Invasive Species

There are approximately 50,000 non-native or invasive plant species nationwide. They cause billions of dollars worth of expenditures in damages to crops, costs in treatment, habitat restoration, and other associated expenses. Moreover, 42% of threatened and endangered species are at risk at least partially as a result of invasive species; approximately 18% are at risk primarily as a result. Community awareness about the threat posed by invasive species is key to preventative invasive species control.

 

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As partners in the PlayCleanGo campaign, Teton Conservation District is dedicated to working with the community to care for natural resources through preventing the spread of invasive species. Stop the spread of invasive species in your tracks by remembering to:

  1. Remove plants and mud from boots, gear, pets and vehicles.

  2. Clean your gear before entering and leaving the recreation site.

  3. Stay on designated roads and trails.

  4. Use certified or local firewood and hay.

 

Invasive Species Identification and Control Priorities

The Teton County Weed and Pest District maintains a list of weed and pest control priorities, including noxious weeds. This list informs Teton Conservation District's noxious weed priorities.

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  1. Rare Infestation: This priority category includes highly invasive exotic plants that pose the largest threat to native plant communities and the ecosystem . Early detection followed by a rapid response is key. The goal is total eradication of these plants within Teton Conservation District.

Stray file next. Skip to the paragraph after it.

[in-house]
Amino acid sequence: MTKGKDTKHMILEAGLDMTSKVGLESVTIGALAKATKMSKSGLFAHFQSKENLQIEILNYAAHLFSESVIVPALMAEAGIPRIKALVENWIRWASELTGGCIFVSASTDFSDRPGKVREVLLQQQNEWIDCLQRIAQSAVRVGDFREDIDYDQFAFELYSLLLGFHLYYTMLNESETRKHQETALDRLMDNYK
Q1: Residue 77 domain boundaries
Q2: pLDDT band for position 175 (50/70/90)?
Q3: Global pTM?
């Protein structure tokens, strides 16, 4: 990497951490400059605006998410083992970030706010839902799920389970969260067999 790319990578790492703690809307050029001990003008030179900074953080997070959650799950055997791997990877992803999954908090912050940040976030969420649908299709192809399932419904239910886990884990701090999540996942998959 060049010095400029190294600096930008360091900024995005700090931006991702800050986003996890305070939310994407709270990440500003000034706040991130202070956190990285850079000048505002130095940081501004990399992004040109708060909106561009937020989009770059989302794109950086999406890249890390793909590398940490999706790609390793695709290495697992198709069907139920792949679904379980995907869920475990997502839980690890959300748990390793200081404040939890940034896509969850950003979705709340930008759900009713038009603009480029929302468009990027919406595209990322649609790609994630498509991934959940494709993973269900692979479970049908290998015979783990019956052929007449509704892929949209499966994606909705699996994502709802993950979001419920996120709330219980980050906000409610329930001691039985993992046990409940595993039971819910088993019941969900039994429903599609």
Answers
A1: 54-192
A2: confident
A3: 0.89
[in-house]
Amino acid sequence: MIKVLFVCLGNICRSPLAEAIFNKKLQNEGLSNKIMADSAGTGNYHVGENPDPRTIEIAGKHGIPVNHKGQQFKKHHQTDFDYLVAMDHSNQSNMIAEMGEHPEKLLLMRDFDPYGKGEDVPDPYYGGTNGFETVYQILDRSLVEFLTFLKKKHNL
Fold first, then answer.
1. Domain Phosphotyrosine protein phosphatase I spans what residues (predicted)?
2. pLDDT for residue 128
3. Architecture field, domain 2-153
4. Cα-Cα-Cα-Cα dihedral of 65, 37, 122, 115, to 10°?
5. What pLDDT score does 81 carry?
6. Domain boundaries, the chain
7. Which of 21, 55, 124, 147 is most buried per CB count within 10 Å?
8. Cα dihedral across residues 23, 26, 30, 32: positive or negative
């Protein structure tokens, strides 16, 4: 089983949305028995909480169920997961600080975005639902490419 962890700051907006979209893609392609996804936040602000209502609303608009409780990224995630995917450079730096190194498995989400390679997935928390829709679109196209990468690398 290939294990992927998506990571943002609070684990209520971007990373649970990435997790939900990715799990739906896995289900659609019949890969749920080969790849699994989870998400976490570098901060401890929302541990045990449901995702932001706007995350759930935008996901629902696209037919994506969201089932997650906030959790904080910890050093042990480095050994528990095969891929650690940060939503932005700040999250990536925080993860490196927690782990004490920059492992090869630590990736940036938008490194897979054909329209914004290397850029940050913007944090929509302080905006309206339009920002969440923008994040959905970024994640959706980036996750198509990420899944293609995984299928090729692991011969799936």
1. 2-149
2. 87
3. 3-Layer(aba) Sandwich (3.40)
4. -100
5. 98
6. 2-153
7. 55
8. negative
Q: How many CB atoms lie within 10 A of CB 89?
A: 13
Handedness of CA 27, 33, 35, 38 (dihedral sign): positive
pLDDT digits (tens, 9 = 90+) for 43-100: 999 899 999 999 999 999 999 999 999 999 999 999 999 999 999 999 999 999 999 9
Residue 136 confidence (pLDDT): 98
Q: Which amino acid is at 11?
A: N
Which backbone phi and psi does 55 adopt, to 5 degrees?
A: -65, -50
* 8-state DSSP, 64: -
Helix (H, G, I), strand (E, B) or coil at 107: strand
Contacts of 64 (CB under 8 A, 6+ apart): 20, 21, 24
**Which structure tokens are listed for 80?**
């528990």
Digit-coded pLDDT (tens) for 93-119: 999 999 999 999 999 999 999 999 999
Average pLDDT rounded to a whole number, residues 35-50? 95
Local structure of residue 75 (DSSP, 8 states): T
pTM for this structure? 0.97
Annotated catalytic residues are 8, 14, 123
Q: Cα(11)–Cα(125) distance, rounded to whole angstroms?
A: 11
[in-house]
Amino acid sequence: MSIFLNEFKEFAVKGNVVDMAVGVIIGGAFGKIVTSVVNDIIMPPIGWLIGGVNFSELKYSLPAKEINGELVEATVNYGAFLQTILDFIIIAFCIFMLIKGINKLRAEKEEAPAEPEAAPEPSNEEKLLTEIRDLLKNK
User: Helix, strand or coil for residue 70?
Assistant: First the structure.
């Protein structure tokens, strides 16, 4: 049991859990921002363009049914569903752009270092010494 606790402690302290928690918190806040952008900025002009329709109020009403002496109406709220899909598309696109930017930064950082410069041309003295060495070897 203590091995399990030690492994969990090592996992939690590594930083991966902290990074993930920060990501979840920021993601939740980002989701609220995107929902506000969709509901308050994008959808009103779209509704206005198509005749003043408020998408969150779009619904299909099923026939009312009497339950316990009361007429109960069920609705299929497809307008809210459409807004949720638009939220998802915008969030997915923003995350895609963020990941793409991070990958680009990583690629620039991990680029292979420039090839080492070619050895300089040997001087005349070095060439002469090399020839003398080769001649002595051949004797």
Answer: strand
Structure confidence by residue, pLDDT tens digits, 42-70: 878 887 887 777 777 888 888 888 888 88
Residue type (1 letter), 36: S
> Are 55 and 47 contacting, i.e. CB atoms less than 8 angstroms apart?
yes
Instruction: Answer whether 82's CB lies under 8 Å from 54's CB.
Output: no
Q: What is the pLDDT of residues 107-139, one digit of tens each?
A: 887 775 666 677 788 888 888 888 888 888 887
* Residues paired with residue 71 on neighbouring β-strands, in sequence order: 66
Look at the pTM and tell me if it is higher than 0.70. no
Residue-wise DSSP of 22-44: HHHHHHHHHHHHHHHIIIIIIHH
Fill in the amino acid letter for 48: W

2. Localized Infestation: These species listed in this category are considered highly invasive and pose a high threat to native plant communities. The goal with this category is to contain and reduce current infestations while preventing new infestations.

  3. Regional Infestation: These species are established but within localized areas. The goal is to contain existing infestations, respond to new infestations, and stop the spread of these species.

  4. Widespread Infestation: These species are already established in large numbers. The goal is to prevent further spreading and containment of current infestations.

 

Links and resources

Jackson Hole Weed Management Association (JHWMA)
The JHWMA is a collaboration of public and private organizations in the Jackson Hole area, and serves to coordinate on weed management activities for effectiveness and efficiency.

Teton County Weed and Pest District
The Teton County Weed and Pest District is a county agency charged with implementing and pursuing an effective programs for the control of designated and declared weeds and pests.

Wyoming Weed and Pest Council
The Wyoming Weed and Pest Council is comprised of 23 Weed & Pest Districts throughout the State, working to eradicate invasive species.

U.S. Forest Service-Invasive Species, Pests, and Disease
Forest Service page with information about invasive species and pests, and what the Forest Service is doing to counter those threats.